Nell: What are the goals of the Public-Philanthropic Partnership Initiative, what impact do you hope to have on social change efforts in this country?

Rene: The goals of the Public-Philanthropic Partnership Initiative (PPPI) are exciting ones as they reflect a growing desire by a number of entities within philanthropy to better collaborate their similar investments in social change with government to achieve enhanced impact and effectiveness. Philanthropy can, and should, be a key player alongside the public and private sectors to help the nation accelerate the pace of its response to emerging challenges. For philanthropies seeking information, context and guidance on partnering with government to advance the common good, the PPPI will facilitate the flow of information, ideas and opportunities between philanthropy and government and elevate promising practices and models so that partnership achievements transcend administrations. Essentially, the PPPI serves as a conduit between foundations and the federal government to substantially increase the quality and quantity of government-philanthropic collaborations. The PPPI has three major goals:

  1. Catalog current opportunities and develop tools and resources to enable foundations, large and small, to successfully partner with government;
  2. Generate timely analysis and commentary to increase awareness and understanding among the foundation community and government about all aspects of public-philanthropic partnerships and PPPI; and
  3. Position the Council as an intermediary for public-philanthropic partnerships.

The PPPI’s potential for impact on social change efforts in this country is like no other. When one considers the overall goal of philanthropy to promote its investments and partnerships to enhance real change – new solutions to old, enduring problems then the PPPI’s emphasis on partnerships assures a longstanding, meaningful impact that coalesces the sector’s greatest resource- its intellectual capital. While the financial capital of some funders may be greater than others, every funder has significant intellectual capital in what works as well as what does not work in addressing a particular challenge. Thus, every funder has the capacity to effectuate meaningful change in the areas that they fund. The Council assures that the Public Philanthropic Partnerships are not and cannot be simply the domain of a few large foundations that partnered with one administration at one point in time. Thus, the PPP supports the desire of many foundations (of all sizes and missions) which choose to collaborate with public sector agencies in ways that enhance the delivery of common program missions.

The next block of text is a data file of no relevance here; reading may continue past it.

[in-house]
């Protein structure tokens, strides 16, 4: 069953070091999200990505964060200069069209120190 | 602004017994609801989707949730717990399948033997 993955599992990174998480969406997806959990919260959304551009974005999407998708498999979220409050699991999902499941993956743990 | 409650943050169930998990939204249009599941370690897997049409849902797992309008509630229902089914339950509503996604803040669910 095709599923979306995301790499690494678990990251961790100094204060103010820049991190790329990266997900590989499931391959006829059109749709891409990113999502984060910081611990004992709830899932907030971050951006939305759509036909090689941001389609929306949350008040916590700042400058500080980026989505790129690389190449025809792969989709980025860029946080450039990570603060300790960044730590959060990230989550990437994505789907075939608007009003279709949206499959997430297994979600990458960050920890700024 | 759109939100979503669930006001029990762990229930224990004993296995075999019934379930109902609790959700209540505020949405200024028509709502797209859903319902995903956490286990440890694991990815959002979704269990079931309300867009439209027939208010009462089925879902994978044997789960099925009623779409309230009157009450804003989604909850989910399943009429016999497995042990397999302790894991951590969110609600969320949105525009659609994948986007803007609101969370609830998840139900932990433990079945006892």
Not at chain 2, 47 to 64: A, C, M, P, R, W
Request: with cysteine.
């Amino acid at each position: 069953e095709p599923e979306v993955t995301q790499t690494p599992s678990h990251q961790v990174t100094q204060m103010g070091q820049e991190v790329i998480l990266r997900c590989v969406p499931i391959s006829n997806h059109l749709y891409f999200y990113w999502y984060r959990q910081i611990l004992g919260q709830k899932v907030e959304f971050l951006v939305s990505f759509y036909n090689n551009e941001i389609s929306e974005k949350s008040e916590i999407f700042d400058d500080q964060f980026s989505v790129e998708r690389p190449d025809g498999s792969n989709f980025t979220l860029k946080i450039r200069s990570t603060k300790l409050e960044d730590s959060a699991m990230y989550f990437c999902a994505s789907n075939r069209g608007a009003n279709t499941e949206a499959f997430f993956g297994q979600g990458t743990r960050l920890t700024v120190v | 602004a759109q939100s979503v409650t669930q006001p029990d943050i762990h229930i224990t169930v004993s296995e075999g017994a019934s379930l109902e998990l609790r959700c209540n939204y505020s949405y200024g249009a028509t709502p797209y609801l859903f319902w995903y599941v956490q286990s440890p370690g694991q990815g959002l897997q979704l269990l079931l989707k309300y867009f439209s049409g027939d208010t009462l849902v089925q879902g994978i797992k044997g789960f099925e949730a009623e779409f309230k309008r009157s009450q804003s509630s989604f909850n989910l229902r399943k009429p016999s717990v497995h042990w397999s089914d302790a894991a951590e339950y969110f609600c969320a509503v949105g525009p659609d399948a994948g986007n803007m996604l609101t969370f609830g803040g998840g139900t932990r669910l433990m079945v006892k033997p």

Nell: Connecting foundations and government is a pretty new idea, why has the Council created this initiative and what is it about this particular time that seems right for something like this?

Rene: When I first came to the Council, I thought the PPPI was a new idea. However, after researching the history of philanthropy, it became clear to me that public-philanthropic partnerships have not only been around for a very long time but that there have been a number of successes that continue today such as the existence of public libraries, elimination of diseases such as yellow fever and the creation of the Head Start program. Another fascinating fact I learned while researching the history of philanthropy is that the foundation for public philanthropic relationships within the federal government was set under the Reagan administration. Reagan’s early activities as President was to urge the country to, “get the private sector in the driver’s seat so we can start using market incentives and philanthropy to find lasting solutions to community problems.” He highlighted the role of philanthropy by, among other actions, declaring the first National Philanthropy Day in 1986. Clearly, President Reagan recognized the leadership role of the philanthropic community within the private sector. He created the base for successful public-philanthropic partnerships that continue to this day. Recognition of philanthropy’s role did not end with his administration. Successive administrations have likewise partnered with philanthropy to solve intractable social problems. One great example is President Bush’s President’s Emergency Plan for AIDS Relief, also known as PEPFAR, which serves to help save the lives of those suffering from HIV/AIDS around the world. The current administration’s creation of the Office of Social Innovation and Civil Participation merely elevates the important role of philanthropy recognized by earlier administrations, by dedicating an office that exists to leverage as well as scale up public-philanthropic partnerships. Like the government, the Council’s history with public-philanthropic partnerships is about as old as the Council itself. Its recent creation of the PPPI capitalizes on government’s elevated interest in these partnerships, which is sure to transcend administrations.